Aguascalientes

The state of Aguascalientes in Mexico is nestled into the state of Zacatecas on its north, east, and west and on the south by the state of Jalisco. It’s one of the smallest states in Mexico with only about 1 million inhabitants of varying ethnicity in the entire state. The majority of people who reside here are of European descent, including Spanish, French, Dutch and Italian.

While it’s certainly not a tourist’s hotspot, visitors here find it to be a friendly and relaxed place where its residents call themselves "Hidrocalidos", which means warm. The many attractions here include touring its fantastic ancient architecture, enjoying its healing mineral springs, touring its old haciendas, and exploring its protected nature reserve.

The abundance of thermal hot springs is what gives this state its name. Aguascalientes means “Hot Waters”, and the springs at “Ojo Caliente” within the state’s capital at Aguascalientes City, are a big hit with tourists.

The capital city of Aguascalientes City can be characterized by its rich, colonial-style architecture, as well as the four distinctive neighborhoods from which the town originated. The neighborhoods hold unique attractions that you don’t want to miss if you are traveling to this city.

The neighborhood of Guadalupe has some of the most beautiful cemeteries in Mexico.

The neighborhood of Triana has the most Spanish influence in its architecture and is the oldest neighborhood in the city. It’s home to the José Guadalupe Posada museum and the stunning Church of Our Lady of Guadalupe.

La Salud, with its cobblestone streets, offers visitors a look at an ancient plaza, church, and cemetery that was intended initially to be the home of a great convent complex, but the convent was never finished.

The San Marcos neighborhood is home to Aguascalientes’ number one tourist attraction: the famous Aguascalientes San Marcos Fair (“Feria de San Marcos”). It’s probably the only time that you will find this peaceful town turned on its head, wild with excitement! Celebrated annually for hundreds of years, it draws in 7 million people! No surprise that it’s Mexico’s biggest fair. It takes place during the month of April and lasts 3-4 weeks.

Other attractions nearby the capital include some magnificent ancient haciendas which are open to the public for touring. “Must sees” are the Hacienda and Temple of San Blas de Pabellón, Hacienda El Chichimeco, or the Hacienda de los Cuartos.

The town of Pabellon de Hidalgo is located 36 km north of Aguascalientes City and has many wonderful attractions that are worth checking out. The historic Hacienda de San Blas is located here, which houses the Museo de la Insurgencia, a museum with displays focused on Mexico’s Independence. Also worth viewing are the historic San Blas Temple and the El Milagro de la Alameda recreational center.

Rincón de Romos is located 41 km north of Aguascalientes City and is home to the Aguascalientes State Fair, which is regionally famous and occurs each year in January. If you are travelling through here during this time, it would be a great family event to attend.

An interesting side note about Rincón de Romos is that it was once home to a priest named Padre Nieves, who was believed to invoke miracles. Many people go to Rincón de Romos to pray for miracles.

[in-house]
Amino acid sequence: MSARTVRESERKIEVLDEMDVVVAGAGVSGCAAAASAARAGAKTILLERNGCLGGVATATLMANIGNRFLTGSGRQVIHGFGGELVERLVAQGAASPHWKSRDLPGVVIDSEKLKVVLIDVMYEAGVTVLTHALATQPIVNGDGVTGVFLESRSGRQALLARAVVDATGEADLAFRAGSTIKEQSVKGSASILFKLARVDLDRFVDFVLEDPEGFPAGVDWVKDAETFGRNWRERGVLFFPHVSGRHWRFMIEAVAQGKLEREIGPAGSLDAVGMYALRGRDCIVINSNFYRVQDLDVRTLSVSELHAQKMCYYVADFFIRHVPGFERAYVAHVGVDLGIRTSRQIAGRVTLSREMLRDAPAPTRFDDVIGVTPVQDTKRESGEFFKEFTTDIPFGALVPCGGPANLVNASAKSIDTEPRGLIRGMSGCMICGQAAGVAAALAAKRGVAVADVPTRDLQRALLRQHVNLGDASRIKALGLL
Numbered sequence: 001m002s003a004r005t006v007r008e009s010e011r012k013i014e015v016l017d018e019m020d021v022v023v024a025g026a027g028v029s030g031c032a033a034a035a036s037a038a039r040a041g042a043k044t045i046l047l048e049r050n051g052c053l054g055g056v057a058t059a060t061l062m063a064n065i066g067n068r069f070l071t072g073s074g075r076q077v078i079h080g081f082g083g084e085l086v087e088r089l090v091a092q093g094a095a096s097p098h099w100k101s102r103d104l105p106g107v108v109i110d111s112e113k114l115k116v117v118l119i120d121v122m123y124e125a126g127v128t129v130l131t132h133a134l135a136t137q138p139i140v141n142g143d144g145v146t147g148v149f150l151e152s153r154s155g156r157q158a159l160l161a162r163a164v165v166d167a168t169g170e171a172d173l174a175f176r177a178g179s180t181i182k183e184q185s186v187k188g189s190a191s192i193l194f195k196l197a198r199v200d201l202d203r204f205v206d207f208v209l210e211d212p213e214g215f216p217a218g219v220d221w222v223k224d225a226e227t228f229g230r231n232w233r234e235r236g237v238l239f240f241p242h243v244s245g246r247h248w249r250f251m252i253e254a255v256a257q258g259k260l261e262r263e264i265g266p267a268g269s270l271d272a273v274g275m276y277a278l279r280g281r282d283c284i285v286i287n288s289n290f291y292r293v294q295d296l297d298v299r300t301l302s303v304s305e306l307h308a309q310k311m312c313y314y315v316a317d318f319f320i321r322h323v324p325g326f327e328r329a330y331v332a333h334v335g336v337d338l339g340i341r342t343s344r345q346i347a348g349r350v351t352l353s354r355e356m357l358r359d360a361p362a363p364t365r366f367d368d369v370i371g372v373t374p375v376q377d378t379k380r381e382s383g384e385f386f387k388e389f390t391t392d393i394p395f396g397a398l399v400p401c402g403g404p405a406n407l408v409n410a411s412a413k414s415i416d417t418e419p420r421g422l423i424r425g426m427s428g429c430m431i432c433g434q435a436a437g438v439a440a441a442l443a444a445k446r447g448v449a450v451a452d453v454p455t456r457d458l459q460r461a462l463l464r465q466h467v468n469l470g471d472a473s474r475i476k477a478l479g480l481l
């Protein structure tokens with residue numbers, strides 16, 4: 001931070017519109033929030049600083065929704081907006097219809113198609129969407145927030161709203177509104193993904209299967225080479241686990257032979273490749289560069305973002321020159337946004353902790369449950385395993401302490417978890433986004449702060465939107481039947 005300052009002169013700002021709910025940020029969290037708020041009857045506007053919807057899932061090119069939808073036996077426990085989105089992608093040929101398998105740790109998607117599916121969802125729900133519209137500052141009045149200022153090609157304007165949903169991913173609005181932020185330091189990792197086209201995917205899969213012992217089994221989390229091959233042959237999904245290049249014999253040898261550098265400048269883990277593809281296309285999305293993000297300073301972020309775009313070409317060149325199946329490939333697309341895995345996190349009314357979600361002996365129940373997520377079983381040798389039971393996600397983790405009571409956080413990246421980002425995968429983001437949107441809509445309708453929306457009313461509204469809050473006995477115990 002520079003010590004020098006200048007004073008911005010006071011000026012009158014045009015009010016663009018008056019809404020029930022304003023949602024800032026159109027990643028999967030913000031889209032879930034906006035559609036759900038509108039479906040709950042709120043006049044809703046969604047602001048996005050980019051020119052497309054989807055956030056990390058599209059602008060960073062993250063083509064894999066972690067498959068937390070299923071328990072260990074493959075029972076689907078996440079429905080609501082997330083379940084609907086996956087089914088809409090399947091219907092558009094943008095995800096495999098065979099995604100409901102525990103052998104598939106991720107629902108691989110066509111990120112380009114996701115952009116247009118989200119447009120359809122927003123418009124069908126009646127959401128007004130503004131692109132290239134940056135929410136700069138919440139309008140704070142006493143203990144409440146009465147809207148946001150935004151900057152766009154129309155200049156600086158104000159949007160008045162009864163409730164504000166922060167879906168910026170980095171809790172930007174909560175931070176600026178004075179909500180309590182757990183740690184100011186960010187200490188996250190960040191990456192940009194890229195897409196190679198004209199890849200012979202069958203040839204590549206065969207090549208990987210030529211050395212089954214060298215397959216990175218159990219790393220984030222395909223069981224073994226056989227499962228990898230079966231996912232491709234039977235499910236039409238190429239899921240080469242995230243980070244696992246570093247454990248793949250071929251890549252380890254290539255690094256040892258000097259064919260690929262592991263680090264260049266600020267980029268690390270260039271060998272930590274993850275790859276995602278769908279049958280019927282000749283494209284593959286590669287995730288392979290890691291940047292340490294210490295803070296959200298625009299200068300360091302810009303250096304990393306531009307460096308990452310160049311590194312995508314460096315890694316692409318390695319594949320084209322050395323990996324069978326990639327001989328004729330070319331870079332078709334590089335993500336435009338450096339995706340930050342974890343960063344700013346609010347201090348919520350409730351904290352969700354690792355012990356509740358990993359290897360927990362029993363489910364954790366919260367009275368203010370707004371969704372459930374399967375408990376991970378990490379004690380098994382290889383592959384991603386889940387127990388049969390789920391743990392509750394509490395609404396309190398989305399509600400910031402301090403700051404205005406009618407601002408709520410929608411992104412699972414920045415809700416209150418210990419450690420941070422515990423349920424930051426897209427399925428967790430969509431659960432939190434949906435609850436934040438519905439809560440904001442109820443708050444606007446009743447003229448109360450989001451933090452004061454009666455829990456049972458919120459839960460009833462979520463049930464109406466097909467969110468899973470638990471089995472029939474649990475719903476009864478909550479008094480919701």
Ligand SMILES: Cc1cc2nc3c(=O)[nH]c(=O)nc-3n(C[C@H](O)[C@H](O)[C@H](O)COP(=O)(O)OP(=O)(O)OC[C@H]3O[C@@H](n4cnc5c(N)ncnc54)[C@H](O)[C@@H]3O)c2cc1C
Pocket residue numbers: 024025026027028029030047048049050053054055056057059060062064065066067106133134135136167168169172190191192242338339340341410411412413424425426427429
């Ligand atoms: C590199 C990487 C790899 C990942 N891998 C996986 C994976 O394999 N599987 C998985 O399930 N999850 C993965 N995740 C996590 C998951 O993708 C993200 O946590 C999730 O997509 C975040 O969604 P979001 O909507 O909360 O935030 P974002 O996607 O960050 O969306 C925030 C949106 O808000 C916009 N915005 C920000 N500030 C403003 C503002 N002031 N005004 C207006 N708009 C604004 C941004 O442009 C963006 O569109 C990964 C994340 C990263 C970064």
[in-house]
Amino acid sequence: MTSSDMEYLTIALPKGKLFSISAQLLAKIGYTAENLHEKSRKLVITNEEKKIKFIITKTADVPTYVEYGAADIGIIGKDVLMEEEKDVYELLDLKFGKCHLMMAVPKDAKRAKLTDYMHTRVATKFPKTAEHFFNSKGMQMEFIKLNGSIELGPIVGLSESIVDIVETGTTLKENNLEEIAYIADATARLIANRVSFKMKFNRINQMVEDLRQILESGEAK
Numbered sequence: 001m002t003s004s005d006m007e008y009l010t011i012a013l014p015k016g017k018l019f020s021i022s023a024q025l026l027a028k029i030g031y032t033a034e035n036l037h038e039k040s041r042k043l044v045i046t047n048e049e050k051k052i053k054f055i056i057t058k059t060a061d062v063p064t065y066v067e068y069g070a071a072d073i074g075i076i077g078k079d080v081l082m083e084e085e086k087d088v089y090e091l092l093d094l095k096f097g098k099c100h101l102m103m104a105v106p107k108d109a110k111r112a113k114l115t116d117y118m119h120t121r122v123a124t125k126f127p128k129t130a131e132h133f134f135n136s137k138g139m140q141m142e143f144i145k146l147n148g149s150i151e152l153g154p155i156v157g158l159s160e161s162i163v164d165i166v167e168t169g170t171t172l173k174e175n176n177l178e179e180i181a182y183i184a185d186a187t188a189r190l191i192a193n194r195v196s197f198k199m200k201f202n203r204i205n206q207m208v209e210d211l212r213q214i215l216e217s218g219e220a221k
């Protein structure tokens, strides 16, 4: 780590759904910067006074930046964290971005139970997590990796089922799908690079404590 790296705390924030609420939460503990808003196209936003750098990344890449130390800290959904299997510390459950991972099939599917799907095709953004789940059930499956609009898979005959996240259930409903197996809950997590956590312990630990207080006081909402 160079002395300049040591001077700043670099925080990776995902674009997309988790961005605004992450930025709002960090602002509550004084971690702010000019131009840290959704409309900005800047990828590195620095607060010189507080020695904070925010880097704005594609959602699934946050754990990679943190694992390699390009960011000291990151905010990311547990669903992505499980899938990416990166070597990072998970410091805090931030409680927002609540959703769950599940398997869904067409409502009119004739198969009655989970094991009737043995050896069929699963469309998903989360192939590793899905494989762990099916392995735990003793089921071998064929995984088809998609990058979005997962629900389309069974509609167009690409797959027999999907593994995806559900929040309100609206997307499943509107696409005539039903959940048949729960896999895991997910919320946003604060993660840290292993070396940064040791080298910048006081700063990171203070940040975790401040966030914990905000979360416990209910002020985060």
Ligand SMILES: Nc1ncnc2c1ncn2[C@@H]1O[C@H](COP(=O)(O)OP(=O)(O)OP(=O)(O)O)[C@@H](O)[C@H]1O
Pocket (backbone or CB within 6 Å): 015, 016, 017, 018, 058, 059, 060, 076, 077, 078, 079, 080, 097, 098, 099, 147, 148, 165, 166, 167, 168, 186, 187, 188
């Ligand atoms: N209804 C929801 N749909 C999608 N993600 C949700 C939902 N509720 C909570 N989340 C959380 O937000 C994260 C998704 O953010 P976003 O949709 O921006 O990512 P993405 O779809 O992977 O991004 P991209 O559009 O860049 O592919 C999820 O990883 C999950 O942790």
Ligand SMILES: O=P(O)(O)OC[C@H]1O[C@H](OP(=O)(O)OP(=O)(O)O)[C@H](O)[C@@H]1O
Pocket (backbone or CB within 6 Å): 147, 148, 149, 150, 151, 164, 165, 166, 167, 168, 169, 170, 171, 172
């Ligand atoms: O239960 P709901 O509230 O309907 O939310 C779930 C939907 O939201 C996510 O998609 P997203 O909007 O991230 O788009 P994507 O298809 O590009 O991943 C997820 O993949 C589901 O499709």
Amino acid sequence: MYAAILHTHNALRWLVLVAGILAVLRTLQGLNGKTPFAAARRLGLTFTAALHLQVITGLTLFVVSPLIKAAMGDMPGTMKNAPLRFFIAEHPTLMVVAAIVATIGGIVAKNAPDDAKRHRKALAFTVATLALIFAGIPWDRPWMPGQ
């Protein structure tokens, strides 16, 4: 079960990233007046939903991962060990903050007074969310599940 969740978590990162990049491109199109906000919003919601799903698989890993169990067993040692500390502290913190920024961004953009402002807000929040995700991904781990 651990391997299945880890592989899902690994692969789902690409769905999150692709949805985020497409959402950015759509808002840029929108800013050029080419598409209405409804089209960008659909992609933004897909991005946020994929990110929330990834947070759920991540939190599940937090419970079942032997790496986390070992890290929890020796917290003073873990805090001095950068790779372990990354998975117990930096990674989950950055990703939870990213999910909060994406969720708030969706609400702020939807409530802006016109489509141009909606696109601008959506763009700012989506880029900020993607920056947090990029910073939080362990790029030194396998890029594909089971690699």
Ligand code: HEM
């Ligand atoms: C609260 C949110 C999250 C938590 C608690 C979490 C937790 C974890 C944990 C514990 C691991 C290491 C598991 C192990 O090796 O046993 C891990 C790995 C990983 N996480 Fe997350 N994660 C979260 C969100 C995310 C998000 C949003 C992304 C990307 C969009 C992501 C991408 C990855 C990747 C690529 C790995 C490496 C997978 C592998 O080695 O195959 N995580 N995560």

San Jose de Gracia is located 38 km northwest of Aguascalientes City and is the gateway to an ecological preserve named Sierra Fria where visitors can enjoy the scenery of dwarf pine trees and wide ravines, in which can be seen many wild animals. Here visitors can enjoy steep-sided cycle paths, camping, picnicking, and hunting.

Another main attraction in the town is the Presa Plutarco Elias Calles, a magnificent dam built on a ravine, where 3 three villages (Tepupa, Batucada, and Suaqui) had been flooded over. The towers of Batucada’s old parish can occasionally be seen through glass covering part of the dam. Visitors to this amazing site can enjoy a boat tour or do some fishing, reeling in such fish as catfish, tilapia, or black bass.

Valladolid is located 19 km north of Aguascalientes City and is famous for its Campestre Valladolid Ejidal Spa. The spa boasts an Olympic size swimming pool, shallow pools for children, as well as several courts for athletic games. Valladolid is a popular place to tent camp or station your RV.

Calvillo is located in the western part of the state, about 52 kilometers from Aguascalientes City. The city proper and its surrounding areas are a magnet for tourists!

The town’s 18th century main plaza with its surrounding orange trees, exudes the ambiance of Mexican tradition, and it’s beautiful 18th century temples and churches are not to be missed: the Temple of our Lord of the Salitre, with its treasured religious art, the beautiful church with its single-piece dome architecture, of which only five domes like it exist in the whole world, and the Guadalupe Temple with its majestic towers.

South of the city is the Sierra del Laurel, a highly sought-after rock climbing destination. Other nearby attractions include cave paintings at El Tepozán, the La Cordorniz Dam, and an ex-convent.

If you are looking for some exciting things to do in an uncrowded place, you will find many wonderful attractions in the peaceful state of Aguascalientes!

Spanish version of this page: Aguascalientes

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